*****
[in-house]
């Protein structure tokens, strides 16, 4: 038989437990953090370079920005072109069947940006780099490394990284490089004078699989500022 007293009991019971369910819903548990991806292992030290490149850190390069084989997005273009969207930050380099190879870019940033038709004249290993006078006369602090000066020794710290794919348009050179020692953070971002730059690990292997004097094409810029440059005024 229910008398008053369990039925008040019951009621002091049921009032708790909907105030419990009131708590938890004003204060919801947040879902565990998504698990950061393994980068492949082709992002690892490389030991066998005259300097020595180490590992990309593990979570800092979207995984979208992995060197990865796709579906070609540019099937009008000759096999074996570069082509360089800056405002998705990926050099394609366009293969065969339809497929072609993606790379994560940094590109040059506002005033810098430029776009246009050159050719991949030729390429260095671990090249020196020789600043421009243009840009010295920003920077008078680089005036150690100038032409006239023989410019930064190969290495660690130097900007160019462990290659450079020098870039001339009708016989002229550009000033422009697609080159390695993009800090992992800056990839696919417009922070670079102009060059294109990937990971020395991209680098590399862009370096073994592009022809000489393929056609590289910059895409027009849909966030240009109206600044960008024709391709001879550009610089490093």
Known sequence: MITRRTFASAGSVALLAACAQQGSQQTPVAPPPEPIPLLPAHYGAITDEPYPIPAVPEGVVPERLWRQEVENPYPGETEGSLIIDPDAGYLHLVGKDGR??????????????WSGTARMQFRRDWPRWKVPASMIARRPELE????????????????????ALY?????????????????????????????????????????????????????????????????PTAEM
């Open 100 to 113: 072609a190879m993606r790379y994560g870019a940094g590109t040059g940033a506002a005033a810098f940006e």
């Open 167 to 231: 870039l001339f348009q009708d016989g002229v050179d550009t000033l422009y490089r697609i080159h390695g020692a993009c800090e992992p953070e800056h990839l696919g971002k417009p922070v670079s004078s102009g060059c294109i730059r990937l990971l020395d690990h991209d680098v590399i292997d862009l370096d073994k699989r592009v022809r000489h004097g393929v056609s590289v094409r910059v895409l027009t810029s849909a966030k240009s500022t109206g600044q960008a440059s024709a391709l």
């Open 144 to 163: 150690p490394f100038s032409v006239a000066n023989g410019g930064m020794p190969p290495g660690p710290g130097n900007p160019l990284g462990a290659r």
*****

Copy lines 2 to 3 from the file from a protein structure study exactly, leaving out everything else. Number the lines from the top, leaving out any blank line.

């Protein structure tokens, strides 16, 4: 038989437990953090370079920005072109069947940006780099490394990284490089004078699989500022 007293009991019971369910819903548990991806292992030290490149850190390069084989997005273009969207930050380099190879870019940033038709004249290993006078006369602090000066020794710290794919348009050179020692953070971002730059690990292997004097094409810029440059005024 229910008398008053369990039925008040019951009621002091049921009032708790909907105030419990009131708590938890004003204060919801947040879902565990998504698990950061393994980068492949082709992002690892490389030991066998005259300097020595180490590992990309593990979570800092979207995984979208992995060197990865796709579906070609540019099937009008000759096999074996570069082509360089800056405002998705990926050099394609366009293969065969339809497929072609993606790379994560940094590109040059506002005033810098430029776009246009050159050719991949030729390429260095671990090249020196020789600043421009243009840009010295920003920077008078680089005036150690100038032409006239023989410019930064190969290495660690130097900007160019462990290659450079020098870039001339009708016989002229550009000033422009697609080159390695993009800090992992800056990839696919417009922070670079102009060059294109990937990971020395991209680098590399862009370096073994592009022809000489393929056609590289910059895409027009849909966030240009109206600044960008024709391709001879550009610089490093």
Known sequence: MITRRTFASAGSVALLAACAQQGSQQTPVAPPPEPIPLLPAHYGAITDEPYPIPAVPEGVVPERLWRQEVENPYPGETEGSLIIDPDAGYLHLVGKDGR??????????????WSGTARMQFRRDWPRWKVPASMIARRPELE????????????????????ALY?????????????????????????????????????????????????????????????????PTAEM